I say the very best-case scenario because we are so close to doing what, pre-pandemic, would have seemed impossible: creating, testing, authorizing, manufacturing and distributing not just one but several vaccines in an amazingly compressed timeline — certainly one of our greatest recent medical achievements. Also, we have learned so much about the virus, in real-time, and have new — and some old — medicines to treat it.
The worst-case scenario has to do with how the patient itself is doing. Increasingly frail, vulnerable and critically ill. In the beginning, the disease was localized, easier to manage with a good prognosis. As time went on, though, my patient didn’t always listen to the recommendations, and the disease spread to every state in the country.
For comparison’s sake, the week of May 18, the country was seeing an average of approximately 23,000 new cases a day; by the week of July 4, that number had jumped to around 48,000.
This past week has been so bad that, according to one calculation from the Institute for Health Metrics and Evaluation at the University of Washington, Covid-19 was the leading cause of death in the United States, beating out coronary heart disease.
So despite the best advice, the best care, the patient’s condition has continued to deteriorate. And instead of being localized to a few hotspots that required aggressive treatment, as was the case in July, the infection has now engulfed almost the entire patient.
The reason that’s so dangerous is that earlier in the pandemic, and even in July, there were a lot of built-in reserves and redundancies. If one part of the body is in crisis, other parts of the body can take over and do the work to keep the patient relatively stable. For example, we saw how back in the spring and summer, when one location — such as New York City or Houston — was overwhelmed, doctors and nurses came rushing in to help. Alternatively, patients could be transported out of an overwhelmed hospital to a less-strained facility in a nearby region.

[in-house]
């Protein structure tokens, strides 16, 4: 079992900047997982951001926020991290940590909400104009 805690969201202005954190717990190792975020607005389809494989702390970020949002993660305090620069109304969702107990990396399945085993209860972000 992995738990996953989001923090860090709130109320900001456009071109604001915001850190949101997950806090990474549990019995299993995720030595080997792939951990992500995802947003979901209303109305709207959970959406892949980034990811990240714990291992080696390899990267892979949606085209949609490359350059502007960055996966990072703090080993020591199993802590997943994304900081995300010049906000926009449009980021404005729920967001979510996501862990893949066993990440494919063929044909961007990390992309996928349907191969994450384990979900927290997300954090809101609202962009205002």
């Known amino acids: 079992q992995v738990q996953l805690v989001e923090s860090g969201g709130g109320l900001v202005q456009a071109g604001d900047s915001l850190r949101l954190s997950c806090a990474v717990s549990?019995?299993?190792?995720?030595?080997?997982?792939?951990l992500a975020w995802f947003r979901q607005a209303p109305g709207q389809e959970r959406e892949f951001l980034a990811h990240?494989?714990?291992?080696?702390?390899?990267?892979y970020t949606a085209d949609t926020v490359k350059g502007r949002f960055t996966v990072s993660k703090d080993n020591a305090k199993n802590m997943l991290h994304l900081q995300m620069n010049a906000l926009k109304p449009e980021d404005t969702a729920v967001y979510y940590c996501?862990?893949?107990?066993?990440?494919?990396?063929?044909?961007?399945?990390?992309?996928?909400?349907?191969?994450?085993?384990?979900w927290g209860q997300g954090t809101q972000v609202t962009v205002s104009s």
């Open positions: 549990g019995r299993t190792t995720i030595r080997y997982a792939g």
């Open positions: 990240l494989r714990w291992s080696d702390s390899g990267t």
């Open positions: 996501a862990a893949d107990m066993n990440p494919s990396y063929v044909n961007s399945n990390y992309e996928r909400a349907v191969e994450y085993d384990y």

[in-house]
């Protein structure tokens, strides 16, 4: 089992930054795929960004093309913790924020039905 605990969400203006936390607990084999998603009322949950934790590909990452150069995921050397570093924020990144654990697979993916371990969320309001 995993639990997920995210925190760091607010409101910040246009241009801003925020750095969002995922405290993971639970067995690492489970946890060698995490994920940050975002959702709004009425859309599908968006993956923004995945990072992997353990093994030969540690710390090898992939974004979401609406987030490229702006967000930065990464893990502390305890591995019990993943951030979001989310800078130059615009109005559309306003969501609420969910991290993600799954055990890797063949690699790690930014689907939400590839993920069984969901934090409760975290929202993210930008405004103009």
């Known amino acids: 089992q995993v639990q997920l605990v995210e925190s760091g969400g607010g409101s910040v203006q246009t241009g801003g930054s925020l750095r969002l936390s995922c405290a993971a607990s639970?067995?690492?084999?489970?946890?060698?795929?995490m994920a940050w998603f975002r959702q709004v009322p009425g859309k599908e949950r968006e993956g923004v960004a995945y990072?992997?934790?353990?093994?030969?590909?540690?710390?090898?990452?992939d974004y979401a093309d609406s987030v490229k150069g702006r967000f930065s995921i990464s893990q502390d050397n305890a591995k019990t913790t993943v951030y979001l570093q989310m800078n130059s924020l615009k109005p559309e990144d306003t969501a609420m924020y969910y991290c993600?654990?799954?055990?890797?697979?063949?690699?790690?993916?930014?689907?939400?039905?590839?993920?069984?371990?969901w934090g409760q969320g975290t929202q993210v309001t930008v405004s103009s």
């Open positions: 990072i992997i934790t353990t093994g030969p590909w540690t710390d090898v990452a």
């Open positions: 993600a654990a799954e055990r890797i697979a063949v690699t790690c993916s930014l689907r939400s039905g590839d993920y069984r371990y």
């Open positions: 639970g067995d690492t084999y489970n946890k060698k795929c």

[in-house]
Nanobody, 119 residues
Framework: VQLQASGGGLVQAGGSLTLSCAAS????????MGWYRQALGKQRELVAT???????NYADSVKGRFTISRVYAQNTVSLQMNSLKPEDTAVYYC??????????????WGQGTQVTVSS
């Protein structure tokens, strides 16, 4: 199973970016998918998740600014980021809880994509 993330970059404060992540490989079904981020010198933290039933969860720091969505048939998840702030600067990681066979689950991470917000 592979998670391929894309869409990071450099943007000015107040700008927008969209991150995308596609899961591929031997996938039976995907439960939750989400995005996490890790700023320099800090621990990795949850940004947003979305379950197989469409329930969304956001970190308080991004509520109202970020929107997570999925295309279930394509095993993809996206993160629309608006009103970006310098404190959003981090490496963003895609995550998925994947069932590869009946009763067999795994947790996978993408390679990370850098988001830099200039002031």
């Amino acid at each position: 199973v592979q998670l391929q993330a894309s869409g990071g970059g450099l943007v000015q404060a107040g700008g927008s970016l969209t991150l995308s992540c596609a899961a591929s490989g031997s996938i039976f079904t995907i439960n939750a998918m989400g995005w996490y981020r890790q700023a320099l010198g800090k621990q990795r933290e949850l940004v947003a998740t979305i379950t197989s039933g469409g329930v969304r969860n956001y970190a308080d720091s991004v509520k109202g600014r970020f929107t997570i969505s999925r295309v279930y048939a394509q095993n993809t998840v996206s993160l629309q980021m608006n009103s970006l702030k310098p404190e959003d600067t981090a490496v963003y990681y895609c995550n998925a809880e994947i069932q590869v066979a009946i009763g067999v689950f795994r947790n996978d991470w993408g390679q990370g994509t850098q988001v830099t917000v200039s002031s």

Redundancies, escape hatches, reserves — call them what you will, but they no longer exist for the patient, the country. Now, state after state reports hospital systems reaching their breaking points. It’s not just that there are fewer hospital beds available, but front line health care workers and support staff — from doctors and nurses to orderlies to the hospital cleaning crews — are getting fatigued, worn out and sick themselves in ever-growing numbers. And there is no one to replace them.
For how long can the patient hang on?
Usually, when the human body is faced with a crisis situation — be it an out-of-control infection, widespread bleeding or something equally catastrophic — there are all these biological defensive mechanisms that kick into gear, tricks that the body pulls to compensate for the systems that are out of balance. These self-preservation instincts are part of the reflexive nature of our biology.
But this patient, our country, instead of compensating and trying to maintain balance at all cost, is decompensating and has shown little inclination to do what it can to keep itself from getting worse.
The IHME predicted that states would respond once we hit the threshold of 8 people per million dying, and that the country’s defense mechanisms would be triggered, leading to measures such as stay-at-home orders being reinstated.
Eight people per million dying works out to about 2,800 deaths per day — and we’re already past that. But the country’s defense mechanisms haven’t revved up on the large-scale basis needed. While many people in this country wear masks and follow physical distancing guidelines, too many still do not.
Mask wearing continues to be a political statement and is not mandatory in 15 states. Only seven states have any kind of stay-at-home orders, advisories or curfew, over which many a battle has been waged.
The outgoing Trump White House kicked off its holiday party season this week, with more than a dozen group gatherings planned, flouting US Centers for Disease Control and Prevention guidelines for size restrictions, as well as Washington, DC, restrictions for indoor gatherings. Most of us missed spending time with our families over this holiday season, and I am constantly on television reminding people of the dangers of doing so. Yet the administration itself has already been the epicenter of at least three Covid-19 outbreaks among staff and allies, and a series of events such as holiday gatherings will likely put several hundred…